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Finding the Words

Writing is hard.  It requires an understanding not just of what the writer wants to say, but also of what the reader wants to read or has the ability to understand.  Communication is usually a two way street.  When speaking, we naturally tailor our speech to our audience.  Church communication is different than home communication is different than a debate is different than a conversation between two close friends.  The listener, simply by being present, directs conversation almost as much as the speaker.  This natural process helps to engage both parties in communication and ensures that even if both sides aren’t speaking, both sides are shaping the conversation.

Writing, on the other hand, is a one way street.  When people write, they are putting down their thoughts as they hope the reader will understand.  It either takes extreme clarity of thought, or a work of creative empathy, guessing at the experiences, feelings, and understandings of the reader.  The best writing is both.  But because the audience in writing is mostly invisible at the moment of creating, the author has no real ability to gauge the reception of her work.

This may be obvious to the point of banality, but sometimes simple truths put things into perspective.  Perhaps this means we should all have more sympathy for professors who have to grade stacks of papers, each of which make their own blind stab at relevance and interest.  Perhaps it means professors should have more sympathy for their students who are trying to gauge, not just what they wish to write, but what their professor wants to read.  Perhaps it means being a little less critical of a weak Hollywood script.  Perhaps it means nothing at all.  But at very least, it cant hurt to be mindful of.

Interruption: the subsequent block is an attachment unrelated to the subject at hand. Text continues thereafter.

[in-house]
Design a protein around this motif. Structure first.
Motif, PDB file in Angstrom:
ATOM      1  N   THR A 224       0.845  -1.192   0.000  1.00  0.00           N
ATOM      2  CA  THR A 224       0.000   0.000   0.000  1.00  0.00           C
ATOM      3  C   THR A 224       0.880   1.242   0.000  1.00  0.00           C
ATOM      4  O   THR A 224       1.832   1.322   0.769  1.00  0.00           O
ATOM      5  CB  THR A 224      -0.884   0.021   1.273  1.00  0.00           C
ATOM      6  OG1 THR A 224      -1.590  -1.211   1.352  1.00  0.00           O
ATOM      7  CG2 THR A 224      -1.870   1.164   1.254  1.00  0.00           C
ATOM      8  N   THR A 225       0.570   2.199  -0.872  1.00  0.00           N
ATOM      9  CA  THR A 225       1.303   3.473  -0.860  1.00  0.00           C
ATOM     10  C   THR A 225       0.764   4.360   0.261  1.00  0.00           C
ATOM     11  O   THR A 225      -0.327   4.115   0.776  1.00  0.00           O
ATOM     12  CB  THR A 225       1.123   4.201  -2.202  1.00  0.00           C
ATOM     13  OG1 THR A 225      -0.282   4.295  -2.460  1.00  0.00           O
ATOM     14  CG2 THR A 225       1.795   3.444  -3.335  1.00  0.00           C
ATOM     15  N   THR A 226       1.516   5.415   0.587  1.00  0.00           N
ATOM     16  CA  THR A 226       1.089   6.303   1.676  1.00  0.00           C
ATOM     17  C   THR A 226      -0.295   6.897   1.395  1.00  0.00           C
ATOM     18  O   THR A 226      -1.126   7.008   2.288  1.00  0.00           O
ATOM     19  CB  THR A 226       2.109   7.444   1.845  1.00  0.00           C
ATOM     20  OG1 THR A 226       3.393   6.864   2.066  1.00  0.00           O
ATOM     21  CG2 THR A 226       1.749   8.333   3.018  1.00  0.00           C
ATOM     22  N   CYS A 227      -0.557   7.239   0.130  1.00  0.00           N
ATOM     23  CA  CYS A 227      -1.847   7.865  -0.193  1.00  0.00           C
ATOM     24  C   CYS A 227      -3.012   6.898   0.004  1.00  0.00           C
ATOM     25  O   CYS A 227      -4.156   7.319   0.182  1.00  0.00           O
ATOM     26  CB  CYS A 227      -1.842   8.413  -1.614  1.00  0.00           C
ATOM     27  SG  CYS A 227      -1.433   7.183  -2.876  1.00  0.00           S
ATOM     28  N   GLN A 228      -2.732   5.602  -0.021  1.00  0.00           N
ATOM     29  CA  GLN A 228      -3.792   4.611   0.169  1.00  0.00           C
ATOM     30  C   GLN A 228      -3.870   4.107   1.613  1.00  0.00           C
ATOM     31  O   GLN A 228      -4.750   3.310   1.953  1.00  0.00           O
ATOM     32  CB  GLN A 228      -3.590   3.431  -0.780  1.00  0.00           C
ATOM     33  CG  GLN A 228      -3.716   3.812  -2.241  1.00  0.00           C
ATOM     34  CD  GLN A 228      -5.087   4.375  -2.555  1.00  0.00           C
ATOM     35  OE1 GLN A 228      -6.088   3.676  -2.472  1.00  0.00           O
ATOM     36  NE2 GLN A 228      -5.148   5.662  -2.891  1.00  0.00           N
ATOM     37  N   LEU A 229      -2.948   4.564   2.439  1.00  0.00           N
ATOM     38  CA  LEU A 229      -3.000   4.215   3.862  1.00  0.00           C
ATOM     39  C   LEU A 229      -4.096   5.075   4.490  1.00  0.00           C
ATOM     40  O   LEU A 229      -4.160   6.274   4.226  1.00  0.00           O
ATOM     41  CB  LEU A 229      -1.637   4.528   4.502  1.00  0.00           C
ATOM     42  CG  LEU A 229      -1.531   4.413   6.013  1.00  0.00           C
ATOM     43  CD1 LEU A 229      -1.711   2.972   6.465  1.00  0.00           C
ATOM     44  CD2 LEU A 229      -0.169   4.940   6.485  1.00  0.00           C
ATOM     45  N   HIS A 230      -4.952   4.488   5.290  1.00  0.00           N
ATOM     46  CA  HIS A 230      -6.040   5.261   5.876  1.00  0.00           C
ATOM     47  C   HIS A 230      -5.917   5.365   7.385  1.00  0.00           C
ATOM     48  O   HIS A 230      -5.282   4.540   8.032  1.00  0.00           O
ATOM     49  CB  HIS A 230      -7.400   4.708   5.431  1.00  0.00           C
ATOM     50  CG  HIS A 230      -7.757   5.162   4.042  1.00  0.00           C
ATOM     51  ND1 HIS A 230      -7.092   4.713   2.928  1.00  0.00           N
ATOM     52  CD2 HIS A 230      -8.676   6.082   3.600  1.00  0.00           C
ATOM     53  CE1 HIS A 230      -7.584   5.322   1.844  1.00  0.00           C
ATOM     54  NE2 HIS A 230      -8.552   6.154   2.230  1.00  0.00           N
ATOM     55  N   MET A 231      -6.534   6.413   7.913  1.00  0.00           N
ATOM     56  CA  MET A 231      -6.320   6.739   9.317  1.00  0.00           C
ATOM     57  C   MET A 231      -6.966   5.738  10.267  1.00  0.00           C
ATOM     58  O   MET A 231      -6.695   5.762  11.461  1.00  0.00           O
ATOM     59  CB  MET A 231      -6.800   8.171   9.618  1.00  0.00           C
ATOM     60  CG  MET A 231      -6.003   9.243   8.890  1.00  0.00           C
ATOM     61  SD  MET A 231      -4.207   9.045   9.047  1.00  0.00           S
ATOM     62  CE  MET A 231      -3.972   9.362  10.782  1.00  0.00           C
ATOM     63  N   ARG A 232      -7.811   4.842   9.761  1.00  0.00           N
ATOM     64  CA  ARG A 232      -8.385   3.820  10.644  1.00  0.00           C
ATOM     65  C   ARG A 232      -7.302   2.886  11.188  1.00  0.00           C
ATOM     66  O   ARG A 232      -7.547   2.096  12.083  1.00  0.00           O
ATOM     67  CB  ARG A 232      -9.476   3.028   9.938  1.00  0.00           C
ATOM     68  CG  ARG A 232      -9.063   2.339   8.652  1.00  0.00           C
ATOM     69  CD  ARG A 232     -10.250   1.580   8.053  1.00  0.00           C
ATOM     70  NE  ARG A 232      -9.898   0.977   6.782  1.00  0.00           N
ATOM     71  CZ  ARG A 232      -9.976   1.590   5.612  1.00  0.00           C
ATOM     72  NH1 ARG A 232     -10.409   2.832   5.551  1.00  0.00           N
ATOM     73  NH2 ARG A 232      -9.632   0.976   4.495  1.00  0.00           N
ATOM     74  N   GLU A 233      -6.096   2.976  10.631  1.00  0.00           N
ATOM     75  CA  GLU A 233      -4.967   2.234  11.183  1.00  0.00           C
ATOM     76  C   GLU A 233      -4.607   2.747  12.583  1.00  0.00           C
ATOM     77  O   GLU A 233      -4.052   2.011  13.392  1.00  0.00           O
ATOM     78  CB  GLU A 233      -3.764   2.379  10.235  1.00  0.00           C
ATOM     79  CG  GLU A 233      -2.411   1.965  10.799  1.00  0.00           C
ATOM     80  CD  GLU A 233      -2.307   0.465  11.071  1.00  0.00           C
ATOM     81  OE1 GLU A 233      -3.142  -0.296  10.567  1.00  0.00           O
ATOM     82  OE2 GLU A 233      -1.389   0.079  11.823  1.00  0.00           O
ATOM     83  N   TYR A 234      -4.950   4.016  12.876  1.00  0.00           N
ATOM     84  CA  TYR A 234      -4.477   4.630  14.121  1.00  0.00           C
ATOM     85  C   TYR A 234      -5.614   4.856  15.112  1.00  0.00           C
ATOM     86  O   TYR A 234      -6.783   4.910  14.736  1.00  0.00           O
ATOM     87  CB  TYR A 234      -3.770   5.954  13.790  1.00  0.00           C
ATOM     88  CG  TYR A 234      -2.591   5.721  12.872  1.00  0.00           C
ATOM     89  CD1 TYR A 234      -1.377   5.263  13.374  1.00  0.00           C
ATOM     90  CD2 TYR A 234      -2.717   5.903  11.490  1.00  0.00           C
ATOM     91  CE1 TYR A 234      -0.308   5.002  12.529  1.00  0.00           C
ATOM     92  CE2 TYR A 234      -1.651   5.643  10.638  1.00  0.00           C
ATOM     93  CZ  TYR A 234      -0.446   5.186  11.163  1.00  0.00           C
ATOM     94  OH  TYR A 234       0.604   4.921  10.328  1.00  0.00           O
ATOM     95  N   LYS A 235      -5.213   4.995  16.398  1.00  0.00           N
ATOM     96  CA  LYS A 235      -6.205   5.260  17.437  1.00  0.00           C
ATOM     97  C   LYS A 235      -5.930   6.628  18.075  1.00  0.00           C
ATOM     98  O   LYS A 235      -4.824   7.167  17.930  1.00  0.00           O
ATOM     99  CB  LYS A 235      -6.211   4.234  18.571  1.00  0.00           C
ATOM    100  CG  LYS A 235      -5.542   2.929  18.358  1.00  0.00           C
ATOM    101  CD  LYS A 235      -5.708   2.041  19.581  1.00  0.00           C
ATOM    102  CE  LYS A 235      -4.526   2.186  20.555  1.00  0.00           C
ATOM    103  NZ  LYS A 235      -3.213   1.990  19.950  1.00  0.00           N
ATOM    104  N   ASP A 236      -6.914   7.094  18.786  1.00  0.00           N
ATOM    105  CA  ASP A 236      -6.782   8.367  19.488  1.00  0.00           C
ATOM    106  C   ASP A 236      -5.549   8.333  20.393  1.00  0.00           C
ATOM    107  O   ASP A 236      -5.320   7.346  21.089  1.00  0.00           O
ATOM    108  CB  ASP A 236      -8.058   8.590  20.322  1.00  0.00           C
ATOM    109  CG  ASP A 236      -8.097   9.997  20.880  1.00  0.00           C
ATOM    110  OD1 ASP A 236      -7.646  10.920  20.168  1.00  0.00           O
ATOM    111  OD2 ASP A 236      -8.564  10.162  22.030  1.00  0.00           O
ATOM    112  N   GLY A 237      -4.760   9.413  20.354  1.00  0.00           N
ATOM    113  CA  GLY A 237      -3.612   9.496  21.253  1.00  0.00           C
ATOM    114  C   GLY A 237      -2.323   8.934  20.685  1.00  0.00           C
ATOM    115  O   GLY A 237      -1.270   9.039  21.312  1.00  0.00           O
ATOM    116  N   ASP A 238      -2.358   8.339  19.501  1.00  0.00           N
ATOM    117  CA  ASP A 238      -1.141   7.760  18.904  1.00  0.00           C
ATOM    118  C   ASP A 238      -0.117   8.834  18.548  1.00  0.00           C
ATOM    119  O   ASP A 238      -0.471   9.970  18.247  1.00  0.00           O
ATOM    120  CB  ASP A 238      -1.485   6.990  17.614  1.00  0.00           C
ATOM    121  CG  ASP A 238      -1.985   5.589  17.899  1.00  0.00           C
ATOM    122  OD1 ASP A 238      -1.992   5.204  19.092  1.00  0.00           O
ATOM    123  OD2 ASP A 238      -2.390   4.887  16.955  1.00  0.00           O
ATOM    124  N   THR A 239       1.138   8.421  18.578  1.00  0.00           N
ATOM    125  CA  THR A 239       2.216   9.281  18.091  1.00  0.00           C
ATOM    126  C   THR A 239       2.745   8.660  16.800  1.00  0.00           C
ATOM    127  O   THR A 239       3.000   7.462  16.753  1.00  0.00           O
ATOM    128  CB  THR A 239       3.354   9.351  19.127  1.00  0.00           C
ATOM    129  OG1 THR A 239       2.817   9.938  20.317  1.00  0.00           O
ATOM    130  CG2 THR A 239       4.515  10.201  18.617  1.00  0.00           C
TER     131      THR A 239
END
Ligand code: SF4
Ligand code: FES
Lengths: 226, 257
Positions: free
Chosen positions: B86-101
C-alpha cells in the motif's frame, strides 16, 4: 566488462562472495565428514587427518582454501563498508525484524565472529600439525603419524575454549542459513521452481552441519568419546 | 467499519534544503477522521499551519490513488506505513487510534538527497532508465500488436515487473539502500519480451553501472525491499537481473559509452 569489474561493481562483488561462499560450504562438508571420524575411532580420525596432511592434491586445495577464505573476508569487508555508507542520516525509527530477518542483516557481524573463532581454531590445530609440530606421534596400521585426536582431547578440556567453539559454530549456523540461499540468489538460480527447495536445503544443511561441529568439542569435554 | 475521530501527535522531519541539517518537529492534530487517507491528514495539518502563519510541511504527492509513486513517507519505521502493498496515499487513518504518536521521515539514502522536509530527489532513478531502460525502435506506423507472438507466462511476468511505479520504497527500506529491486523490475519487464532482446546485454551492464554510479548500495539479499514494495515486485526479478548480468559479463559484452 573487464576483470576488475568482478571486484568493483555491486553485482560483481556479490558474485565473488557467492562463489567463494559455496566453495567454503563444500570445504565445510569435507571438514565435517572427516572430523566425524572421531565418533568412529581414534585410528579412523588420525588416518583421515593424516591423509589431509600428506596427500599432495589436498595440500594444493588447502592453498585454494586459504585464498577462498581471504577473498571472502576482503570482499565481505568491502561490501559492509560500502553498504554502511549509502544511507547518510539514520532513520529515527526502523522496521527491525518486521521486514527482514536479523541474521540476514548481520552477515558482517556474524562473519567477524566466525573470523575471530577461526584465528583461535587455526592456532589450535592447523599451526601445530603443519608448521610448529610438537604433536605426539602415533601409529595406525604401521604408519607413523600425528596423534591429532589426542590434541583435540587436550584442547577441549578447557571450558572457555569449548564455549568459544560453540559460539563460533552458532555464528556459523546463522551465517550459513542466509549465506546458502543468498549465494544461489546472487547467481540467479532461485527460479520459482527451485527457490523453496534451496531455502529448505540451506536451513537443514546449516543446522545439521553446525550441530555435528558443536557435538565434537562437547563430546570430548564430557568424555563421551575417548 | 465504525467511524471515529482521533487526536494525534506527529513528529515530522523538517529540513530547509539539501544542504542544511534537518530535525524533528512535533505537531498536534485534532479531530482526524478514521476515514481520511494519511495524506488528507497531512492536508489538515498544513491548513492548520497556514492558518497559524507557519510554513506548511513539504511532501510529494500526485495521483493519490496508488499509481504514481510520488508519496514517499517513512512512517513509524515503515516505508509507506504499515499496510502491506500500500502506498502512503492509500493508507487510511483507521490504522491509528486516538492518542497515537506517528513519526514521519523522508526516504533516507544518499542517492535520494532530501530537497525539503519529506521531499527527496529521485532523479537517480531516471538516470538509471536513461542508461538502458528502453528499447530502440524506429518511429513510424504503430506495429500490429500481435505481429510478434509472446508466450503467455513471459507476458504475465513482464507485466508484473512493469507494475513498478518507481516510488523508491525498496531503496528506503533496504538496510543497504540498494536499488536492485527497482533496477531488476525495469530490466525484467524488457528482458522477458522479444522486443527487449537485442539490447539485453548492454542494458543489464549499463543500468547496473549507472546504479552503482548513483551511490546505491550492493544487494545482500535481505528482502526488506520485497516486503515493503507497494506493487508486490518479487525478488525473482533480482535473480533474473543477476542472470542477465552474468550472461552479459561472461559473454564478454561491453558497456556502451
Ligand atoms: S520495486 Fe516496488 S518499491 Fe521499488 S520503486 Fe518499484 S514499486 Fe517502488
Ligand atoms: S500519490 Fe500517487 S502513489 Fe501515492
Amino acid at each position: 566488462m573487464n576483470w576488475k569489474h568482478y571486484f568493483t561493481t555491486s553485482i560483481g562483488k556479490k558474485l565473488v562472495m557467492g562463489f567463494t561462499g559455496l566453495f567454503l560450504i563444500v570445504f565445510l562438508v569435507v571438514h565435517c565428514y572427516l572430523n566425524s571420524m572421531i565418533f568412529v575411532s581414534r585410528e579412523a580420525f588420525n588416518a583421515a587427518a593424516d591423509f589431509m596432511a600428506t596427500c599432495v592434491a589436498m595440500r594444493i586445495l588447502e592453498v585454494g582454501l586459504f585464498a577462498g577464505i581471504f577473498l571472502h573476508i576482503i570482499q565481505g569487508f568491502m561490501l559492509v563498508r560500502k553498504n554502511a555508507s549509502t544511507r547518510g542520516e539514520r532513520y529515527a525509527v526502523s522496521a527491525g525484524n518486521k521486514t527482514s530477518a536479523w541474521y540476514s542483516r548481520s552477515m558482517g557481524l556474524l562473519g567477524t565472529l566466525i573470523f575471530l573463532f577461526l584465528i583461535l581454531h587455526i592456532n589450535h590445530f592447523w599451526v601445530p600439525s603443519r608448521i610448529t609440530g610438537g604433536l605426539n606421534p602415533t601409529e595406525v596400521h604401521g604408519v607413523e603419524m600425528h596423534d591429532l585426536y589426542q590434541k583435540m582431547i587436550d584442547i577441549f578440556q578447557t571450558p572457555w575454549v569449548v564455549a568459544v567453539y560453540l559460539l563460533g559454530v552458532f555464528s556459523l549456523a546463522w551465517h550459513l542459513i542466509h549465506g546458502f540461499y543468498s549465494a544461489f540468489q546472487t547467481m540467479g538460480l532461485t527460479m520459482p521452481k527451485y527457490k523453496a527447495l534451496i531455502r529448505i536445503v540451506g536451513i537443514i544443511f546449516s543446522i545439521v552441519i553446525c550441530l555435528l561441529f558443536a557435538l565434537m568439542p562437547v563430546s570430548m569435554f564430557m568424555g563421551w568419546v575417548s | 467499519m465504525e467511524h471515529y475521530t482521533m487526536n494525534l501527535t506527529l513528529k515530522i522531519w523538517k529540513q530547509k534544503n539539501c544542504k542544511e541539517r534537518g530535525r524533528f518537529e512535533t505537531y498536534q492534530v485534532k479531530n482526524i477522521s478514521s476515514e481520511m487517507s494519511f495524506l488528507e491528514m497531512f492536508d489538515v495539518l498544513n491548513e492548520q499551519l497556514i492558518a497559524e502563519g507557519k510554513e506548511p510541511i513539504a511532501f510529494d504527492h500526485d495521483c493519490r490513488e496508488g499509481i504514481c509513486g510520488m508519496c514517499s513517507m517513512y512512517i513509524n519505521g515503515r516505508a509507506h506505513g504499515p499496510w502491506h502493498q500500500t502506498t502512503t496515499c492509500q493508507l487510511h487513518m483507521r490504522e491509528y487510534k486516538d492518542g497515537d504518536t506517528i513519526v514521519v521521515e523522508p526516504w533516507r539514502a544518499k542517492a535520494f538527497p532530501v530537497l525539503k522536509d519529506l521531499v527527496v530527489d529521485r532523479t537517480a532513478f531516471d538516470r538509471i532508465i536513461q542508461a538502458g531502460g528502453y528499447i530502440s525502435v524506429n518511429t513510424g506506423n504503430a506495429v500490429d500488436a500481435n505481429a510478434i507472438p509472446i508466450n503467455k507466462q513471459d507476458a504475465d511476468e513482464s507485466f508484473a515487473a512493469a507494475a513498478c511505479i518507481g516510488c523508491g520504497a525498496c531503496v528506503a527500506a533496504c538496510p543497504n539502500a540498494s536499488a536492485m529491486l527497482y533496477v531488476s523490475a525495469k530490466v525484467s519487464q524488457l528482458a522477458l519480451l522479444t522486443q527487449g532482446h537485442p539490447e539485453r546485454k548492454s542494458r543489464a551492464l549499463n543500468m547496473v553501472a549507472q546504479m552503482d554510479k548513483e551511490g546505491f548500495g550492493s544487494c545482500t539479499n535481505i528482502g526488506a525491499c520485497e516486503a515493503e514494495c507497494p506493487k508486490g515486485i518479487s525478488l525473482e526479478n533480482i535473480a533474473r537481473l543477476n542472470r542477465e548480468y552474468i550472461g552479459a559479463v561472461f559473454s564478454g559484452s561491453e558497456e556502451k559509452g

Writing is hard.  Have sympathy for those who do it frequently.

2 Responses to “Finding the Words”

  1. Gerald Schlabach Says:

    Having written a few books in my day, I can assure you that even books which take years to write are two-way conversations, maybe more. They are just long drawn out conversations, often with multiple conversation parties, that’s all.

    But yes, hard. Damn hard, sometimes.

  2. Jacob Schlabach Says:

    Thats a fair point. But even in that case, the conversation is between you and a smaller group than your hoped-for readership. Your back and forth, your two-way conversations certainly broaden the scope of the writing, but ultimately, even then, when you finally publish a finished form, you are releasing it with little ability to gauge the full reception.

    Which is not to say that those conversations aren’t vital and helpful, but it doesn’t change that writing is still a form of communication that is formed before it is tested, whereas speech, for example, is tested in real time.

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